The Pentagon is asking Congress if it can move money around in its budget to replace the spent ordnance
Before the Senate cancelled its vote on the war in Libya, having decided that it's more important to focus on budget negotiations, Republican Richard Lugar of Indiana gave a 25-minute speech excoriating the Obama Administration. "Defining these actions as something less than hostilities requires extraordinary legal contortion," he said. "The fact that we are leaving most of the shooting to other nations does not mean that the United States is not involved in acts of war."
There's ample evidence to support his position. To cite just one piece, American war planes have flown attack missions over Libya 801 times over the last 3 months, actually dropping ordnance on 132 separate occasions. That raises a question. Where's all that military hardware coming from? How is it being paid for given that Congress hasn't approved any funds for this conflict? On Wednesday, a little noticed story in Defense News offered some answers.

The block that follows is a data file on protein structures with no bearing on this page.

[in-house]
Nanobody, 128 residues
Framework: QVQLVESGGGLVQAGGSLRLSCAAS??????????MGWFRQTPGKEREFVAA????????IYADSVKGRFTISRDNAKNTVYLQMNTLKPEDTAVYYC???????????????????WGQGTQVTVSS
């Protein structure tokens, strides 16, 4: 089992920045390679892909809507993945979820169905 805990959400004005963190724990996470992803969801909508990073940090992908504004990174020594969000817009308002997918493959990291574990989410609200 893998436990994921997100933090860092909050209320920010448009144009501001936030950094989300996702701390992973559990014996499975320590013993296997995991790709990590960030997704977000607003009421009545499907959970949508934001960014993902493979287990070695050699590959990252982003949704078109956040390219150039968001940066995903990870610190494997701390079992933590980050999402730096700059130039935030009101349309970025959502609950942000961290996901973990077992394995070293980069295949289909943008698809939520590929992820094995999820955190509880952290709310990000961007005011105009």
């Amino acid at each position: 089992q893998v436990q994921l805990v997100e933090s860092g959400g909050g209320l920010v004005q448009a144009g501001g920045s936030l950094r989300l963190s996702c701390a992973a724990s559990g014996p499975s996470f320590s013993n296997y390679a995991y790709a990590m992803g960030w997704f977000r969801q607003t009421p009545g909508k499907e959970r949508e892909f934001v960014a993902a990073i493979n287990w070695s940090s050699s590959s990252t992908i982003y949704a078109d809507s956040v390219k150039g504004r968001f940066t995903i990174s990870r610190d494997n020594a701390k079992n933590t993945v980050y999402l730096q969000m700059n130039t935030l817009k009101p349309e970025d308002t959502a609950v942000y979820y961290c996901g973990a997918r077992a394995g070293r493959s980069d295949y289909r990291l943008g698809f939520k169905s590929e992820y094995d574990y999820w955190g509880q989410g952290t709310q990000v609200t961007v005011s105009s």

"The Pentagon is asking Congress if it can move more than $5 billion in previously allocated funding, including hundreds of millions of dollars to replace bombs dropped during operations in Libya -- despite military leaders previously saying replacements would not be needed," Kate Brannen reports. "This year, the Pentagon needs to replace equipment used in Operation Odyssey Dawn, what the Defense Department called operations in Libya before they were transferred to NATO. The cost includes $310 million to buy Tomahawk missiles, $38 million for Joint Direct Attack Munitions, $15 million for general-purpose bombs and $5 million for Hellfire missiles fired from Predator UAVs. The Pentagon also says it needs hundreds of thousands of dollars for cartridges, fuzes and flares."